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Tara Tracy, Ph.D.
Acetylated Tau in Alzheimer’s Disease: Pathogenic Mechanisms Underlying Memory Loss
Research Scientist, J. David Gladstone Institutes, Gladstone Institute of Neurological Disease, Department of Neurology, University of California, San Francisco
2 Riverside Circle, Roanoke, VA 24016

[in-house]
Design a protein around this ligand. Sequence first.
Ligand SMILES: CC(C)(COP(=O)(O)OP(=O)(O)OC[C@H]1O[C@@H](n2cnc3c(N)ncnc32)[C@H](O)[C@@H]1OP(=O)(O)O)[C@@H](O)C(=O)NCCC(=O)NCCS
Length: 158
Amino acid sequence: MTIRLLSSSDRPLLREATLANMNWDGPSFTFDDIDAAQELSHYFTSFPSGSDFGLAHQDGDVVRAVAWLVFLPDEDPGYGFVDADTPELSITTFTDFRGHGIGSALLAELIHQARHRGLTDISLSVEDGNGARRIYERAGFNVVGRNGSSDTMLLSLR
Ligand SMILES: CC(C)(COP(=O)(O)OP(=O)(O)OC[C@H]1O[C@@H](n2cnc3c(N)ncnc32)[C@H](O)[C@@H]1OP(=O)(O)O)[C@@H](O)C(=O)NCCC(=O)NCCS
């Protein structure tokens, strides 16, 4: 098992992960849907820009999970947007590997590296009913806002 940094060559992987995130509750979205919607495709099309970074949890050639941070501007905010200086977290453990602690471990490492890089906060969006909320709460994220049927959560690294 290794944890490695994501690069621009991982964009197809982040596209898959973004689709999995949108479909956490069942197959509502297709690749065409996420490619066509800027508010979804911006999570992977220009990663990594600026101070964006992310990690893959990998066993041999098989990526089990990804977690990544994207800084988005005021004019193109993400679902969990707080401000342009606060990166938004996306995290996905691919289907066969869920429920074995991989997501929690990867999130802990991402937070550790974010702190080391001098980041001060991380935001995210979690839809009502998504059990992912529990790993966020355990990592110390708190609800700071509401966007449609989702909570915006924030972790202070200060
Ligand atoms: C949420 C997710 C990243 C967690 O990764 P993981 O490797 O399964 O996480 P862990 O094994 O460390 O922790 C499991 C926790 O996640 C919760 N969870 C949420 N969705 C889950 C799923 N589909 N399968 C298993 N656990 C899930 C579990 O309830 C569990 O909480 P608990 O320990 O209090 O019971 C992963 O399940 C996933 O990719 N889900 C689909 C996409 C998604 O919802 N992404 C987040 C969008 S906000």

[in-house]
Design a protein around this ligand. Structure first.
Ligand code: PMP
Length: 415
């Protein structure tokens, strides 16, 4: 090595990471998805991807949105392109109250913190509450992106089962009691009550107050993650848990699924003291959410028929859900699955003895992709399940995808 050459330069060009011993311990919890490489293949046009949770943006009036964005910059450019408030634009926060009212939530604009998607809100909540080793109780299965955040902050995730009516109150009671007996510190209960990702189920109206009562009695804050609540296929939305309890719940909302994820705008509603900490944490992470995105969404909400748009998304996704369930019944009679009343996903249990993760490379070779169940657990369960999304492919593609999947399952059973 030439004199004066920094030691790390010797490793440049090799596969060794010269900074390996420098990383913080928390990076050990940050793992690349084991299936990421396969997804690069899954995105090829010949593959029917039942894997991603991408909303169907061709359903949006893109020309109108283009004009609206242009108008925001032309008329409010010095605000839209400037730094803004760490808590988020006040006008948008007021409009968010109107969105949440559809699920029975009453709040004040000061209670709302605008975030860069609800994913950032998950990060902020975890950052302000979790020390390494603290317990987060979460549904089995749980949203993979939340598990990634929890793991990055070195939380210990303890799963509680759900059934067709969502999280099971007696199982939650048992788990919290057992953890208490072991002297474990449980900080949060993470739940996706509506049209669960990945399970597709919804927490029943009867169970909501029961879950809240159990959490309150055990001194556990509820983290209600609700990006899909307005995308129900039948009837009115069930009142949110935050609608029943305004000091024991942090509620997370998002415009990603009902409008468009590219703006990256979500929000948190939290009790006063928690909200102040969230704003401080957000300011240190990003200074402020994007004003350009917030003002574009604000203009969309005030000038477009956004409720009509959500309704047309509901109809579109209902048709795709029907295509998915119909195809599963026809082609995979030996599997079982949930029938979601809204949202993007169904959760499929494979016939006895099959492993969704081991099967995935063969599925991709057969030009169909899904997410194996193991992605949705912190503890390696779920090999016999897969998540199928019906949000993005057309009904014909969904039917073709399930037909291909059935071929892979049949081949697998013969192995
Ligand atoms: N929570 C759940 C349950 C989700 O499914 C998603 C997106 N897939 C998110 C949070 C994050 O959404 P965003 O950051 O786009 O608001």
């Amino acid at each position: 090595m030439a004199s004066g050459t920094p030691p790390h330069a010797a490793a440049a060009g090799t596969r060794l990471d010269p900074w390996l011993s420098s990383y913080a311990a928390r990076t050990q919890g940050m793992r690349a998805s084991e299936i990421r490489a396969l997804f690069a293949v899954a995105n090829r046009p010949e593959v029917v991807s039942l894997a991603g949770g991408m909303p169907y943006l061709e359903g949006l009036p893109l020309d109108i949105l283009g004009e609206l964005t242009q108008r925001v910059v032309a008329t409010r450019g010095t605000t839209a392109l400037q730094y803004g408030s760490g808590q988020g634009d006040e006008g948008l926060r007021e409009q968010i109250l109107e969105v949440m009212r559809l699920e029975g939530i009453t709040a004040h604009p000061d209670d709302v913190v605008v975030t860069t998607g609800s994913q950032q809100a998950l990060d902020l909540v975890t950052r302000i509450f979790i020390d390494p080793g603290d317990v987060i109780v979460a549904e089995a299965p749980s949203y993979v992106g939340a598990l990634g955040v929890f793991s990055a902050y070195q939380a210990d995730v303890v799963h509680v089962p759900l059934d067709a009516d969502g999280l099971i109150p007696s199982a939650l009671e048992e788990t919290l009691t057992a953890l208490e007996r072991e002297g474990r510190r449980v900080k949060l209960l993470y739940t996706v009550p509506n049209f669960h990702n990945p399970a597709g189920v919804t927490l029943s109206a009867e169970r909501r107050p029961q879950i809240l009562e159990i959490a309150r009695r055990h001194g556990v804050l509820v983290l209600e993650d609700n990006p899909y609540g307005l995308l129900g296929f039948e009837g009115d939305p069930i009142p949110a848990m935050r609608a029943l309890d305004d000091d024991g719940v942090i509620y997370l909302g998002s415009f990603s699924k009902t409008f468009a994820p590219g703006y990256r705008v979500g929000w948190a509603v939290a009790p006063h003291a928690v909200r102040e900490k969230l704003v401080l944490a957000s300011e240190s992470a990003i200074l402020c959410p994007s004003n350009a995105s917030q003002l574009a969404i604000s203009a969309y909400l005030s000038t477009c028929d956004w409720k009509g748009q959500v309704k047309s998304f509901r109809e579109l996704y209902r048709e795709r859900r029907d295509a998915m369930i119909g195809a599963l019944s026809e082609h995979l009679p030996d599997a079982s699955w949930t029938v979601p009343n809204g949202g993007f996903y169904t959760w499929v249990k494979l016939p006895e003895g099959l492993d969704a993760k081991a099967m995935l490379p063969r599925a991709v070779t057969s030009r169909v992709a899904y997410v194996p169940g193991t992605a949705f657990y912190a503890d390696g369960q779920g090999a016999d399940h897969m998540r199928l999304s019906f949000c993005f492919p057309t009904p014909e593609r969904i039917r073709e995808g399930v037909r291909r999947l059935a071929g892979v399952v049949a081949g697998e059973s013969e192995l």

More than 5 million people in the United States are living with Alzheimer’s disease (AD), and the prevalence of AD is expected to rise rapidly with our aging populations. Memory loss in AD has a devastating impact on people’s lives and there are no effective treatments to counteract progressive cognitive decline. Accumulation of tau, a microtubule-associated protein, in the brain is a hallmark of AD. Research to identify the tau-dependent mechanisms that trigger pathogenesis is crucial to find new molecular targets for drug intervention. Dr. Tracy and colleagues found that the increased acetylation of tau on two lysines, K274 and K281, is linked to severe dementia in AD. To examine the role of acetylated tau in AD pathogenesis, they generated a transgenic mouse expressing human tau with mutations to substitute K274 and K281 with glutamines to mimic the structure and charge of acetylated lysines. They found that acetylated tau inhibits postsynaptic actin cytoskeletal dynamics and obstructs synaptic plasticity underlying memory deficits. Moreover, they discovered a novel mechanism for the tau-mediated plasticity deficit involving the loss of KIBRA, a memory-associated postsynaptic protein. Dr. Tracy will discuss this work, which highlights the pathogenic role of acetylated tau in AD progression and supports the therapeutic potential of agents that reduce tau acetylation.